Court Hesitant to Push Aside Post-Summit Memo

A coalition of manufacturers, the National Environmental Development Association’s Clean Air Project (NEDACAP), has asked the D.C. Circuit Court to strike the United States Environmental Protection Agency’s (USEPA) memorandum regarding how it planned to address a decision by the Sixth Circuit Court of Appeals ruling striking the agency’s policy regarding how it would implement air emission source aggregation for purposes of permitting. 

Under the CAA, independent air emission sources can be aggregated and addressed as a singular source if (1) the sources in question come from the same SIC industrial code; (2) the sources fall under common ownership; and (3) the sources are located contiguous or adjacent to one another.  The application of the third prong of this inquiry is at the heart of the current dispute and is an ongoing policy question within USEPA.

The memorandum in question, which the USEPA’s director of the Office of Air Quality Planning and Standards sent to all the agency’s regional air division directors on Dec. 21, addressed the applicability of the Sixth Circuit’s ruling in Summit Petroleum Corp. v. EPA.

Summit had sued the USEPA after the agency found that Summit’s Michigan-based natural gas plant and wells constituted a single source of pollution and were therefore subject to stricter permitting standards under Title V of the Clean Air Act even though the wells were miles from the plant. Summit argued that the operations were not on “one or more adjacent properties” as required under Title V and should not be aggregated as one single source of air emissions.  USEPA disagreed stating that while the wells and the plant were not adjacent to one another, but for the wells, the gas processing facility in question would not exist and therefore USEPA found the sources to be operationally interdependent and the emissions from the wells and the plant must be aggregated as a single source under the agency’s definition of contiguous and adjacent.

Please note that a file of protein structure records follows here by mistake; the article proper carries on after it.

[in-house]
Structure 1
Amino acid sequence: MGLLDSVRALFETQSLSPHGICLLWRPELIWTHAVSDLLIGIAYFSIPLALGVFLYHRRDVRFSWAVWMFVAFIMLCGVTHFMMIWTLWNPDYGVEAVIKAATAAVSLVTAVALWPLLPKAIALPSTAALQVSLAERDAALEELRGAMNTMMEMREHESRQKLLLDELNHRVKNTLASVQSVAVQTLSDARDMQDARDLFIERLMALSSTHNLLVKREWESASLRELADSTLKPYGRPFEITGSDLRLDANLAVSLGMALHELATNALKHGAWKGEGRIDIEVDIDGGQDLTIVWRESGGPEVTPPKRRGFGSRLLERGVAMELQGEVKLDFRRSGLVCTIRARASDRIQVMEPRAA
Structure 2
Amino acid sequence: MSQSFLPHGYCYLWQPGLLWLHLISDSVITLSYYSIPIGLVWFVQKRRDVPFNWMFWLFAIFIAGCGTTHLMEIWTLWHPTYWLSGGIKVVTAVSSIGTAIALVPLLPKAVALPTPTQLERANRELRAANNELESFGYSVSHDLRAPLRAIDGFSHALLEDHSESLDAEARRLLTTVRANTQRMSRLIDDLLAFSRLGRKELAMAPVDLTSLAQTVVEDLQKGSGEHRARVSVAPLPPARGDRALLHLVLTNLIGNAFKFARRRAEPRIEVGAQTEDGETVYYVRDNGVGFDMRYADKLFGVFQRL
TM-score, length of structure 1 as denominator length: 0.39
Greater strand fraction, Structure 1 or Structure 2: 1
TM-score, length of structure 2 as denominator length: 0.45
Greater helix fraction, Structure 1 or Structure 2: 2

The Sixth Circuit ruled that while the USEPA was entitled to “great deference” in interpreting its own regulations, the term “adjacent” was unambiguous and hence no deference was permissible. The appellate court foreclosed the USEPA from considering any factor other than physical or geographical distance in determining whether industrial facilities are adjacent for purposes of Title V or New Source Review analysis thus in essence striking USEPA’s interdependency policy.

The USEPA then sent the memo in question to its regional field offices saying the agency would follow the decision within the Sixth Circuit but not nationwide.  In fact, the memorandum explicitly stated that it would continue to consider evidence of interdependency in its analysis.  NEDACAP claims the directive conflicts with the Clean Air Act’s uniformity requirements by instructing regional offices to apply different permitting standards in different states.

USEPA has argued that nothing in the CAA requires it to apply the Sixth Circuit’s opinion as binding beyond that circuit, making its post-decision memorandum appropriate. Moreover, the memo has no legal effect and does not constitute a final agency action that can be reviewed by the court and since the coalition had no members impacted by an actual case or controversy, the matter was further not ripe for consideration by a court.

The case is National Environmental Development Association’s Clean Air Project v. U.S. Environmental Protection Agency, case number 13-1035, in the U.S. Court of Appeals for the District of Columbia.

Armando Benincasa concentrates his practice in the areas of energy law, environmental law, environmental litigation, administrative law, government affairs and lobbying. His practice consists of cases involving permitting and regulatory requirements for natural resources, including coal and oil and gas, solid waste, water resources, underground storage tanks, voluntary remediation, and the drafting of rules and statutes related to the environment.
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